Using new tools, a new discipline?
Digital Humanities is an interdisciplinary field and emergent since the late 1990s out of the more narrow literature of Humanities and Computing. Scholarship in this area has prompted critical reflection and deeper understanding of the humanistic areas of study drawn from digital sources and tools. Since its commencement iARC has been committed to working closely across the digital humanities field and has helped to establish #DHDurham as a growing network of scholars whose work is focused on the digital mediation of modern life. This includes emphasis from tool and application determined research, to the use of such technologies to assemble, transform, or manipulate digital content, to the use of computational research methods to advance and to critically question conventional methods of analysis.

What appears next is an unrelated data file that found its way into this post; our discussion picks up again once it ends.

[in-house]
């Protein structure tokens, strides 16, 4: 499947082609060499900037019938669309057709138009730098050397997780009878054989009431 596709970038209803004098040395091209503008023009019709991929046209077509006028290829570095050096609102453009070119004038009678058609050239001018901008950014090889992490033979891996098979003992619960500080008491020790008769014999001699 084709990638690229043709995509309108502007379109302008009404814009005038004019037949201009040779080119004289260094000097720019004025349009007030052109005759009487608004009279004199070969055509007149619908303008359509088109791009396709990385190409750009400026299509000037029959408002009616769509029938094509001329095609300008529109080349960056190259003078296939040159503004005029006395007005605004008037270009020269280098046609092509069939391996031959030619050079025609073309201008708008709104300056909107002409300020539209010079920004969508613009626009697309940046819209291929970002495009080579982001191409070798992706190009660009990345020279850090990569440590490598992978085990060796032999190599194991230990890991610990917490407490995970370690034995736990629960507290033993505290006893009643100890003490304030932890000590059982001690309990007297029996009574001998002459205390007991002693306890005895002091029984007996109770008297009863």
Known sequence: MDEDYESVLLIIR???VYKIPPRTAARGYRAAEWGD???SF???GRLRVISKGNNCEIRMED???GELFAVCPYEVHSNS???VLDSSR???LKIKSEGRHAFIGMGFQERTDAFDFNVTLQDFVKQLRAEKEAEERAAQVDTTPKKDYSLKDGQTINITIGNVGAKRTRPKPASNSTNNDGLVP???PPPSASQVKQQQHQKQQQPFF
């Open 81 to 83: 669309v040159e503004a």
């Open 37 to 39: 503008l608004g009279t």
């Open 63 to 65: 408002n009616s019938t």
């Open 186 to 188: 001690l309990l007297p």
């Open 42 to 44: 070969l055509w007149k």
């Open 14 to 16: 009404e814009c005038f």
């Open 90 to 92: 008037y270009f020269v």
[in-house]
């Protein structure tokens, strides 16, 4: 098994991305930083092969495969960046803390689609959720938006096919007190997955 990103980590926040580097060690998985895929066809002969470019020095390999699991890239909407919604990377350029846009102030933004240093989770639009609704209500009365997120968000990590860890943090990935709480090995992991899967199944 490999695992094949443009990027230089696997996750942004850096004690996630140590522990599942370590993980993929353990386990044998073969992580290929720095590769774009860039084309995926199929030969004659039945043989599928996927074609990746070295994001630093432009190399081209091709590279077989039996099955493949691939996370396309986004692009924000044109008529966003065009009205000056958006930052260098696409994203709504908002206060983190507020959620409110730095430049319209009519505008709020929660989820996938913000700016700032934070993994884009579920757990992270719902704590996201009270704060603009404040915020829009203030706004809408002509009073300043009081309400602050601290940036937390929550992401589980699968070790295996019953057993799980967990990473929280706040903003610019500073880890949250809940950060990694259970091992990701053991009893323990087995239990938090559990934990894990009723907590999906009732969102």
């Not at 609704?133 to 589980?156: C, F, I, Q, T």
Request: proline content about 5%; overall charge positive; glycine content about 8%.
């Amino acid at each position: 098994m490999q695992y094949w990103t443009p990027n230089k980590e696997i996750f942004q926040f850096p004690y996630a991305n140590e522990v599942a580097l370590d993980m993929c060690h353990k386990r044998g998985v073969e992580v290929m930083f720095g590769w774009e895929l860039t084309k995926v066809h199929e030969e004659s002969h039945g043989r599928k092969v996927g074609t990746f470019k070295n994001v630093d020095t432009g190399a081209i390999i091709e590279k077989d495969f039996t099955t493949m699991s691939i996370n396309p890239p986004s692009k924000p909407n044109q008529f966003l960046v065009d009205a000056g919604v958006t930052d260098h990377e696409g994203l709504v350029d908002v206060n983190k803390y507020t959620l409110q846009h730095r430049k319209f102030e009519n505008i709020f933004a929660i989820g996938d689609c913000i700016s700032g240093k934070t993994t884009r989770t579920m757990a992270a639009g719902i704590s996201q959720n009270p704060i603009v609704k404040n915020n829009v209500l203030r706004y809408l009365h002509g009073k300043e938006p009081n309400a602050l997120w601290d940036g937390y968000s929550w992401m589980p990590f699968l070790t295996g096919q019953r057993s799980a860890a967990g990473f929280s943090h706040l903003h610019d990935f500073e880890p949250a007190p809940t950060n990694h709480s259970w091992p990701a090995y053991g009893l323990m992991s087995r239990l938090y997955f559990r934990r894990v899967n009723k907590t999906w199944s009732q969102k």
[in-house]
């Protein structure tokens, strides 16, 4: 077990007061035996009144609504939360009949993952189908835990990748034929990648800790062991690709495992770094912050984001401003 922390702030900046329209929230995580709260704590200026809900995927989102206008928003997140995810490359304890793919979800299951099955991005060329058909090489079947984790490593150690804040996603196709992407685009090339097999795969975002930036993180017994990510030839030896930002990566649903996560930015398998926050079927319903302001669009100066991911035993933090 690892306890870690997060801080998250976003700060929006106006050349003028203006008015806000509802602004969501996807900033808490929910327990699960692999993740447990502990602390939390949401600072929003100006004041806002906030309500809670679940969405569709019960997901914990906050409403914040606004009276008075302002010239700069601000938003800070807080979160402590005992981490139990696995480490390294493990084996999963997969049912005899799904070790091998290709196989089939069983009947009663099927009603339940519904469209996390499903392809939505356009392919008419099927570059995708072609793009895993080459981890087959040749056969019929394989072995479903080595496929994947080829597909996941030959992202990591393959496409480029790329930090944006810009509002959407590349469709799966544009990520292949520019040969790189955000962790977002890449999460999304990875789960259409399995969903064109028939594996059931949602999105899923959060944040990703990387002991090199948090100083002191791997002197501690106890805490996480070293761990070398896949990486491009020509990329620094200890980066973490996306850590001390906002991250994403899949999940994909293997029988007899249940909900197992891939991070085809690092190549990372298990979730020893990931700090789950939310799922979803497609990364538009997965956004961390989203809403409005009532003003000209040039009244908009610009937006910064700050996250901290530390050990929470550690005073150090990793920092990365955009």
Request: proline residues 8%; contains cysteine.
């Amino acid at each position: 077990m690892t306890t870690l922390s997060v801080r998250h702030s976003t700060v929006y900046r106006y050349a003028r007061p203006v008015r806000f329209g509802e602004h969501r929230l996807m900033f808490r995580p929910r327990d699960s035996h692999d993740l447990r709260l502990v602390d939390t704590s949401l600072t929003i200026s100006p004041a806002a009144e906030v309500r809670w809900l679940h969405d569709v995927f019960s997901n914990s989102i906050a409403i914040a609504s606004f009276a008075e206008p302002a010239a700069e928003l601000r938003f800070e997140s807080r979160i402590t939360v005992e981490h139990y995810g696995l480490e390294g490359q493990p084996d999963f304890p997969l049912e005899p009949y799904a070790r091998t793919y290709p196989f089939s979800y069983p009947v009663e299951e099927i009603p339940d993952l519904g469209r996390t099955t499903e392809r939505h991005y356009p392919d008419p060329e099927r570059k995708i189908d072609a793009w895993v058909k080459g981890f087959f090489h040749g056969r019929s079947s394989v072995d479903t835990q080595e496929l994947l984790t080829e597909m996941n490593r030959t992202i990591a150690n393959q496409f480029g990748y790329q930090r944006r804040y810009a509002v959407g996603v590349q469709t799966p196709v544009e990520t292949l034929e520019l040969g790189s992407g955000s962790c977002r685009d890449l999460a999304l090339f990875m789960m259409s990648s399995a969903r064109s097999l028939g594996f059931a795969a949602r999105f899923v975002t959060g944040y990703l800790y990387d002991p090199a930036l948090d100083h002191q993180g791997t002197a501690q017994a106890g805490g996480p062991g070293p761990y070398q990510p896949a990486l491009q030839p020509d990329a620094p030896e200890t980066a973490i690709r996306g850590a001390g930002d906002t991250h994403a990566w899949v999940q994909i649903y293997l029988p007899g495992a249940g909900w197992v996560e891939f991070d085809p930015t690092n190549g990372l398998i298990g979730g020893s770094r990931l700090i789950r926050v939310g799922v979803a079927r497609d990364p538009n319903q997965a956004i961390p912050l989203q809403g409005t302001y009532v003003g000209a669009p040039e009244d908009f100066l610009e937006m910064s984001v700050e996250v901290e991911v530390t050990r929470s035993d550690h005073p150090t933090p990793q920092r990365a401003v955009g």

Relatively new in technology terms, #DHDurham can be broken down into disciplinary specialties that map onto familiar faculty research areas, including Digital Theology, Digital Art and History, and Digital Literary Studies; Digital Business Development and Marketing and more.
#DHDurham interests currently cluster in the following areas:
- Textual analysis: digital editions of literary texts;
- Websites that invite linguistic, social and historical analysis of literary works;
- Inter-text aggregation that link author or subject-oriented digital collections;
- Geospatial approaches to digital content;
- Modelling and Simulation.
#DHDurham scholars have important voices in debates over new forms of scholarly communication, including Open Access and Open Peer Review methods and content.